Skip to main content

The Globe and Mail

Two fender-benders, triple the pain

Dear Lee,

I have never been involved in a serious accident in 25 years and I cannot even remember the last time I was ticketed for a moving violation. Unfortunately I have had a streak of bad luck in the last five years, being involved in two fender-benders where I was technically at fault; and because of this, my premiums have skyrocketed to the point where I need new insurance; as luck will have it, the Ontario Board of Certified Management Accountants (which I joined recently) offers group premiums.

My only concern is: what about these two fender-benders? I mean, I can explain them: for the first one, I was in fact targeted in a road-rage incident where another driver willfully cut in front of me and slammed the brakes, making it almost impossible to stop before I hit his back bumper; apparently, I had inadvertently inconvenienced him as I was changing lanes a couple of traffic lights earlier. The second one was even more unavoidable. An 18-wheeler literally pushed me out of my lane as it was changing lanes, so I basically had a choice between wedging my car under his trailer or quickly changing lanes myself; I chose the second option, but clipped the front bumper of another van in this risky manoeuvre.

Story continues below advertisement

Do you think I might be able to negotiate a more reasonable premium (mine has tripled!) with these explanations? I honestly don't think I am such a bad risk - especially when I see the way some people drive.

***** ***** *****

Trying to talk an insurance company into ignoring two accidents is like trying to talk Tiger's wife into ignoring his sex addiction. It ain't gonna happen.

However, the time to try is when the insurance company is settling your claim, not when they're tripling your premium. Perhaps with your first accident, if the police charged the other driver with dangerous driving you may have had a reasonable chance fighting the "fault" designation applied to your record.

Most drivers don't realize how critical it is to work closely with the insurance company representative when they're deciding an "at-fault", "partially at-fault" or "not at-fault" ruling.

Only if you're found to be not at-fault will it not affect your insurance standing. If you don't agree with the ruling, escalate to the insurance company's ombudsman.

It's also time to ask if the accident will initiate a cancellation. Every insurance company has their own cancellation rules. Some may be for two accidents; some for a combination of tickets and accidents. If you know your insurance company is going to cancel your policy, this will give you plenty of time to look for another provider. It also reduces the shock value of getting a notice of cancellation in the mail.

Story continues below advertisement

In regard to your first accident, it's the position of insurance companies that you are to drive at a safe distance behind the vehicle in front of you. This was clearly demonstrated when you encountered Mr. Angry slamming on this brakes. Luckily there wasn't a Mr. Surprised following closely behind you. With your second accident, I'm assuming no one else saw the 18-wheeler cut you off, you weren't able to get his licence plate number, and he wasn't caught and charged by the police for careless driving.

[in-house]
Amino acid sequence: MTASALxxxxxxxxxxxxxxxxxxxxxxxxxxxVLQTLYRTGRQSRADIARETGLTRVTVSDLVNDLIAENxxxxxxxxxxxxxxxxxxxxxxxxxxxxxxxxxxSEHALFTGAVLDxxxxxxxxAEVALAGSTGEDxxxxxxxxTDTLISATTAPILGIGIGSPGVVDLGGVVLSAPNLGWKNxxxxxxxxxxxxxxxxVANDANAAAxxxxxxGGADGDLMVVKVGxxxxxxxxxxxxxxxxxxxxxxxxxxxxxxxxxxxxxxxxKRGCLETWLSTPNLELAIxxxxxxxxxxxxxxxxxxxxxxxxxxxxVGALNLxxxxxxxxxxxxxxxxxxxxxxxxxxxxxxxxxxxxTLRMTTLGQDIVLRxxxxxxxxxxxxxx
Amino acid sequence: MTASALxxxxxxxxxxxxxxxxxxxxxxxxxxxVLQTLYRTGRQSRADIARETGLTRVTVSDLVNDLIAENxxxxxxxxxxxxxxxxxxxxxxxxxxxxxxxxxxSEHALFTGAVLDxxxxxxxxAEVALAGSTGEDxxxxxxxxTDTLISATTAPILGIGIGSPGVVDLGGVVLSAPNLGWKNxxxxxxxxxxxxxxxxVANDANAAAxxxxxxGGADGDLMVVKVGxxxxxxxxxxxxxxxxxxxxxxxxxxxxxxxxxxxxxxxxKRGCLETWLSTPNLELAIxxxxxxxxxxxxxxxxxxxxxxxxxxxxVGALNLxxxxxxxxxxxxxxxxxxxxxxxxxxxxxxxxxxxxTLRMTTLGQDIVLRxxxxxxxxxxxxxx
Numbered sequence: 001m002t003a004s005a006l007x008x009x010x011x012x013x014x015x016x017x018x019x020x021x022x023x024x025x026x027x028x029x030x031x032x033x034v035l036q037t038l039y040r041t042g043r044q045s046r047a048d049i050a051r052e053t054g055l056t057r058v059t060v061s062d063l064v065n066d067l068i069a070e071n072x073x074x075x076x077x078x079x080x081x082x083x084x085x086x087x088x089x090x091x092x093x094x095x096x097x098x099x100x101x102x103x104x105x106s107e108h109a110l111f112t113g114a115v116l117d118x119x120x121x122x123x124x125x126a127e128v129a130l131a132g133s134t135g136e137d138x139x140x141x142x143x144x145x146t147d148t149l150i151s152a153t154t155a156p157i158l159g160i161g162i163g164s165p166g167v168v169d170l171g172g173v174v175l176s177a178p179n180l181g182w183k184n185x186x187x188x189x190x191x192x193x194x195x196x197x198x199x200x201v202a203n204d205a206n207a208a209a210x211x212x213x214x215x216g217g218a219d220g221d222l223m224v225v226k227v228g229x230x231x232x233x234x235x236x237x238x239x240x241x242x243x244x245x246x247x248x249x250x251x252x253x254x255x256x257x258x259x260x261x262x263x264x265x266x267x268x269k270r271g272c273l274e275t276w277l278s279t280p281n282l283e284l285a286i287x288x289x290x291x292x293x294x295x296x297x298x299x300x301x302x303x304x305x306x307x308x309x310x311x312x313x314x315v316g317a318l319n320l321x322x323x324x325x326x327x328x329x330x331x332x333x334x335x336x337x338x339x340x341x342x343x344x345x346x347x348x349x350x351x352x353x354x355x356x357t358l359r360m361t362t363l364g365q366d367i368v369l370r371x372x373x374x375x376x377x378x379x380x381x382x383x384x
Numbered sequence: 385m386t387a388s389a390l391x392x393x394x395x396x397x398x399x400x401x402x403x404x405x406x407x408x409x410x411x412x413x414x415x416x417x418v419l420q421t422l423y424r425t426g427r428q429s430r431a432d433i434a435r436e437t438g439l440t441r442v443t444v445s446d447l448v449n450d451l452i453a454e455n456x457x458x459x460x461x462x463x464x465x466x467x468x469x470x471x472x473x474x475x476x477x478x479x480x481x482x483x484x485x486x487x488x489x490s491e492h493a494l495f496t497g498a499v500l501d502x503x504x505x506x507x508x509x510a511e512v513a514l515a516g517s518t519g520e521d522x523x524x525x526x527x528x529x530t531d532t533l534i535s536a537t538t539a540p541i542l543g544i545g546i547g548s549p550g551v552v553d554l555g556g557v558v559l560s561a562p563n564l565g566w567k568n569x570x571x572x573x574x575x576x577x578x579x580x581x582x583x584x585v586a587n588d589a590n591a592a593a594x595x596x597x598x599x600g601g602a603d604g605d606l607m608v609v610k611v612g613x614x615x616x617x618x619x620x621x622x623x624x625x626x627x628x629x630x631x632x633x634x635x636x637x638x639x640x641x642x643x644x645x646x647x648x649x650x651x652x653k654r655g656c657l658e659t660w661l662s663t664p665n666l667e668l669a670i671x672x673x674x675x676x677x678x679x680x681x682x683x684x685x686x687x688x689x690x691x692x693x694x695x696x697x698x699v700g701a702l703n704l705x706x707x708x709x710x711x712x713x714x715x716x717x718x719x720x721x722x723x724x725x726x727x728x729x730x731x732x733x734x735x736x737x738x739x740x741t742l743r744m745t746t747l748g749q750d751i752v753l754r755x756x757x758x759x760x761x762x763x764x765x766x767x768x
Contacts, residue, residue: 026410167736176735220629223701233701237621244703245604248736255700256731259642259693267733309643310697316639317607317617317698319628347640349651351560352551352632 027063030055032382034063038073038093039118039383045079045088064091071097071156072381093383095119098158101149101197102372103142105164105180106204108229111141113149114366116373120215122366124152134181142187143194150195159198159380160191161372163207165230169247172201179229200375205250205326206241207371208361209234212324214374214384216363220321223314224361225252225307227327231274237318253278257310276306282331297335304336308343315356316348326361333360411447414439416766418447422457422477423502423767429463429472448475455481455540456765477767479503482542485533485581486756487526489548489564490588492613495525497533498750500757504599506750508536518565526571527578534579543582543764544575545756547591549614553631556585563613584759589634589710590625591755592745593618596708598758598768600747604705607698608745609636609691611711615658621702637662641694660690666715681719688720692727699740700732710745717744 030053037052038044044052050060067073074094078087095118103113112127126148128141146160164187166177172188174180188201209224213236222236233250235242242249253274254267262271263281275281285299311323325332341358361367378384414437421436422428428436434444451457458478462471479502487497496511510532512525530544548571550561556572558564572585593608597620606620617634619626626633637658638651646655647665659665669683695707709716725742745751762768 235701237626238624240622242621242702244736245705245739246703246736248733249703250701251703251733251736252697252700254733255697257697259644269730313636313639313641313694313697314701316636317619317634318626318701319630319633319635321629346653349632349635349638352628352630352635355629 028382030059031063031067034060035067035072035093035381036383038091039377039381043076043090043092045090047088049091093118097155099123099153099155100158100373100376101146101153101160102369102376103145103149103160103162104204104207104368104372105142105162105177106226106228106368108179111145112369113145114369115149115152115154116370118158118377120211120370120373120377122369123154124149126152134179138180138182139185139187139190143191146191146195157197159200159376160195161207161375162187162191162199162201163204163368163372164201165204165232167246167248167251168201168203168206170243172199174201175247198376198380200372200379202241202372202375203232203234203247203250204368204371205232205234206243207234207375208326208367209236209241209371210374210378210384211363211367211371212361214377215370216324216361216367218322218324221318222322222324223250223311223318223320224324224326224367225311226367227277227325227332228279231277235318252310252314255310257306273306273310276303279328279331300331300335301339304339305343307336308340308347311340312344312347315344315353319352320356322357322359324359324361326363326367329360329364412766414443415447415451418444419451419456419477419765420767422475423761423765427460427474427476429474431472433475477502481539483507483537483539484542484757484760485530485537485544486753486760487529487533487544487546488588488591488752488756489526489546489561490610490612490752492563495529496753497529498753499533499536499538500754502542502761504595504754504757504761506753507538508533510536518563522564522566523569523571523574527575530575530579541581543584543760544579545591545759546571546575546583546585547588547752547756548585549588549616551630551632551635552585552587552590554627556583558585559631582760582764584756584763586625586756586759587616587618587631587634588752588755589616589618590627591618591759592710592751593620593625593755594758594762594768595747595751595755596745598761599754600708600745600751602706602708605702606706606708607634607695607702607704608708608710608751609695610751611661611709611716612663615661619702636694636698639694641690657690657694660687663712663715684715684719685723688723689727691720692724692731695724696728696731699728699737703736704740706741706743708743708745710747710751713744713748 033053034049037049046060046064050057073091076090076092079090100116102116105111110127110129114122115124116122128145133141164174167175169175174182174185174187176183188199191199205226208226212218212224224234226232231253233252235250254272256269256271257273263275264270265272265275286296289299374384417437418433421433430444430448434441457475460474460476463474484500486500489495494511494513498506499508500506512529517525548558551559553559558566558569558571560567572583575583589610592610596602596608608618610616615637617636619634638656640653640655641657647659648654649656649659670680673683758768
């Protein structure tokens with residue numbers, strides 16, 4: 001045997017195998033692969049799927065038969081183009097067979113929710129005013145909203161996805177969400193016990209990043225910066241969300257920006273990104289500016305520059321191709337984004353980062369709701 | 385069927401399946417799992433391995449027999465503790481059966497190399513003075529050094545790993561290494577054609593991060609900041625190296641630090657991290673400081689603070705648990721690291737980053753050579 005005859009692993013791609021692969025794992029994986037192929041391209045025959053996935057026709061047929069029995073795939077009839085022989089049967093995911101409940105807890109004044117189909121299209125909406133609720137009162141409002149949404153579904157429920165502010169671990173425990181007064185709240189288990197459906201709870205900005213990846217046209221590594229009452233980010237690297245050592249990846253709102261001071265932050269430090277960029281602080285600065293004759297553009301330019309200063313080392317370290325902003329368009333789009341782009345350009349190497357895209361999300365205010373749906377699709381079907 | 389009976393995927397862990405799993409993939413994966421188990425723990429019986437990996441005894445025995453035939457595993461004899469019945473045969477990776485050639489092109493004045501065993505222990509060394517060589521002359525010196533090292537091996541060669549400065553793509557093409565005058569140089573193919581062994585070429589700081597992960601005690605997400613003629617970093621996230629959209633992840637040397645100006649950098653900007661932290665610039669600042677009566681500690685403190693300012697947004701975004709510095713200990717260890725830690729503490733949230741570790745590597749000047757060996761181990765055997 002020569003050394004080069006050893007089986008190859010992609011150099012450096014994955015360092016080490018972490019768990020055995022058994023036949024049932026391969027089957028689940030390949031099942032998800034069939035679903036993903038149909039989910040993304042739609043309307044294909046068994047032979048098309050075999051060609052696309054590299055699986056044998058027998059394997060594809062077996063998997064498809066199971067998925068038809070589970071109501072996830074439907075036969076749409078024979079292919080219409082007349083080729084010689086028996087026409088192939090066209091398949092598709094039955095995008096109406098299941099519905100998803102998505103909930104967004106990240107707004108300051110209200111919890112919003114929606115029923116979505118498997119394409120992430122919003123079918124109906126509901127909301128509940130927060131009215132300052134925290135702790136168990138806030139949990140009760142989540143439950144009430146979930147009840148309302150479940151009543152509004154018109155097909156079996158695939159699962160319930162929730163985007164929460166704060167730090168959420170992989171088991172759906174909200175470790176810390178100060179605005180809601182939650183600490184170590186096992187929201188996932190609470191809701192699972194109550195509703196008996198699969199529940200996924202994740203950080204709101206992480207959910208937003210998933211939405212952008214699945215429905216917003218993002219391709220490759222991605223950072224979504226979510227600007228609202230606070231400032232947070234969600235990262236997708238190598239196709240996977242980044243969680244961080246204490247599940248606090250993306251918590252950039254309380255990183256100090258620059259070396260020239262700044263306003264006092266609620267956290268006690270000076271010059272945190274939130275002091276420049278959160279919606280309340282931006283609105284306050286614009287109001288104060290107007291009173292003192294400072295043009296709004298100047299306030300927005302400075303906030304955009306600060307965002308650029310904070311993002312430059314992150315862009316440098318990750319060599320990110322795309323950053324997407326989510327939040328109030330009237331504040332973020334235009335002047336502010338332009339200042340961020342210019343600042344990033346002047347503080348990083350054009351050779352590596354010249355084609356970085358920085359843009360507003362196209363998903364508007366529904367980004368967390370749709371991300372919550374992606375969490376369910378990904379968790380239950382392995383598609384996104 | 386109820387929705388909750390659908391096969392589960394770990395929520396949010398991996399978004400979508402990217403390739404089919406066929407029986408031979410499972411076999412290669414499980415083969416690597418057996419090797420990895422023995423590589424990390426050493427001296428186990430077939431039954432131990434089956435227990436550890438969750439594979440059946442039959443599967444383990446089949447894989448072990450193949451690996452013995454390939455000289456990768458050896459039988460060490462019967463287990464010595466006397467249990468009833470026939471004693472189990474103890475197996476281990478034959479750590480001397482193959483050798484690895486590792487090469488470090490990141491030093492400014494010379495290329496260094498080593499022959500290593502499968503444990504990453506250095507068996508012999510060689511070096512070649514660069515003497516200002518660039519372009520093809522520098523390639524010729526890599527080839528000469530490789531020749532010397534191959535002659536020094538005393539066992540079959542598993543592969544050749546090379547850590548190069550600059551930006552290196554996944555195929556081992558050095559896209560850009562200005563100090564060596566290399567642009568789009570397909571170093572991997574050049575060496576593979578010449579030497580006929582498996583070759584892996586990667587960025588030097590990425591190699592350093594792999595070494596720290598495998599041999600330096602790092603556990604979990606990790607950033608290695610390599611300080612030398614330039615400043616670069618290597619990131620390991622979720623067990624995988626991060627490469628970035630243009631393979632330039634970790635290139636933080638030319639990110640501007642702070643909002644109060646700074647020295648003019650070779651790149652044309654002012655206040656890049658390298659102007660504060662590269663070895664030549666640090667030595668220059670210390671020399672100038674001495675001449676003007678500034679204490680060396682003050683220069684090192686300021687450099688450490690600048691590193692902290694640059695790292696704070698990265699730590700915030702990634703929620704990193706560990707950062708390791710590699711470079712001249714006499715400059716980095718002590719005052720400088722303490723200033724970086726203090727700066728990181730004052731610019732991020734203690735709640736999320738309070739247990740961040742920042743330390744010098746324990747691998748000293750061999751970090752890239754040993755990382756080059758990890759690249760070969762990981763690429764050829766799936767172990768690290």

From my experience, you need a little more than your word when negotiating fault with an insurance company. All your insurance company really had to work with is that you changed lanes and clipped another vehicle. I don't see a lot of wiggle room here, especially if you're trying to talk another insurance company into forgiving a spotty record.

Lucky, insurance companies' rates are thousands of dollars apart when quoting for multiple accidents. Triple, even quadruple the difference in rates, in fact.

Go to Google, type in "insurance rate comparison Canada" in the search bar, and check out the rate differences being offered through some of these free rate guide companies.

Even though you have the option of getting a group premium rate, it may not be necessarily the lowest out there. Once you find which insurance company has the best rate, you may wish to adjust your deductibles or coverage to get your rate down to the lowest it can be.

An at-fault or partially-fault ruling will affect your insurance rate for six years, so compare rates every year and go with the best rated provider, even if that means changing companies again and again.

Story continues below advertisement

Have an auto insurance-related question? E-mail Lee at GlobeDrive@globeandmail.com

Report an error Licensing Options
Comments

The Globe invites you to share your views. Please stay on topic and be respectful to everyone. For more information on our commenting policies and how our community-based moderation works, please read our Community Guidelines and our Terms and Conditions.

We’ve made some technical updates to our commenting software. If you are experiencing any issues posting comments, simply log out and log back in.

Discussion loading… ✨